Film & TV

Review: The Happiest Day in the Life of Olli Mäki, WoW Festival

The Happiest Day in the Life of Olli Mäki

The Happiest Day in the Life of Olli Mäki (2016) is a charming and beautifully stylised film from Finnish director Juho Kuosmanen; perfectly bringing the WoW Festival to a close. The film retells the true story of underdog boxer Olli Mäki’s big fight with American champion Davey Moore in Helsinki, 1962. Mäki (Jarkko Lahti) becomes distracted throughout his preparations for the match however; he has a documentary film crew following him, he’s far from home, and has realised that he’s fallen in love with Raija Jänkä (Oona Airola).

Kuosmanen chose to film on black and white stock, not at feature length industry standard. This, in combination with cinematography that emulates the long takes and dynamic movements of 60s European cinema, made The Happiest Day in the Life of Olli Mäki look authentic. Throughout the film, you begin to forget that this is a recently released film that won the Prize Un Certain Regard at the 2016 Cannes Film Festival. The performances are understated in their tenderness and the portrayals of the relevant Finnish landscapes are honest; a style reminiscent of the 1962 film The Loneliness Of The Long Distance Runner. Yet, the stylisation of the film isn’t nostalgic by any means; but is immersive, successful and genuine. And in the character of Mäki himself, and Lahti’s performance, most of the film’s themes emerge. The slow degeneration of his athletic determination and basic need for peace and familiarity show themselves as the film progresses in a subtle and very real way.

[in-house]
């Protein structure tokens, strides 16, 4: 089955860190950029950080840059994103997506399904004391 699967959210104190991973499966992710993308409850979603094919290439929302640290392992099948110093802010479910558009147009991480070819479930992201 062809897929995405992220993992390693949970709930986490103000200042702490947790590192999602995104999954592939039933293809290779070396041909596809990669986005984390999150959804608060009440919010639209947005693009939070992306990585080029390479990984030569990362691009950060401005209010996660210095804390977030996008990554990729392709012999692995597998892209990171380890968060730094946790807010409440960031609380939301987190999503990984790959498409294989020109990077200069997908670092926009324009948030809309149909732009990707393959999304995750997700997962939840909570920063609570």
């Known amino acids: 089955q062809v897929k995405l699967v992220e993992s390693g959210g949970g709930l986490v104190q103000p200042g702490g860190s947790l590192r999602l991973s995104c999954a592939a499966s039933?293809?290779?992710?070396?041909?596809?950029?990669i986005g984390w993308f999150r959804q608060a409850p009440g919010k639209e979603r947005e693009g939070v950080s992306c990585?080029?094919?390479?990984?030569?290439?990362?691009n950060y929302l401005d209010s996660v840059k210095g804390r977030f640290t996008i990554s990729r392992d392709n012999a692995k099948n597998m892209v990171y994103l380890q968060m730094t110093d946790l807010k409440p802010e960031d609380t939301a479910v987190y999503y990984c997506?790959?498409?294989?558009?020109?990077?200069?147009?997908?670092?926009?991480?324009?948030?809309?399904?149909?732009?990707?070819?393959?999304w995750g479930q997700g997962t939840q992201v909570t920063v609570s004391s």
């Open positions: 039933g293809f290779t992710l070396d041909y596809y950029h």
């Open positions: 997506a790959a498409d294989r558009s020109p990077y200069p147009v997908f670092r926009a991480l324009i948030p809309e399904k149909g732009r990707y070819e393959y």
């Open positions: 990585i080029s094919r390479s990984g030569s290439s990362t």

This film is a delight to watch. It is funny, true to the real Mäki, and has a sweet love story at the core of it; whilst also being beautiful in terms of its authentic narrative and neo-realistic filmmaking.

Sadia Pineda Hameed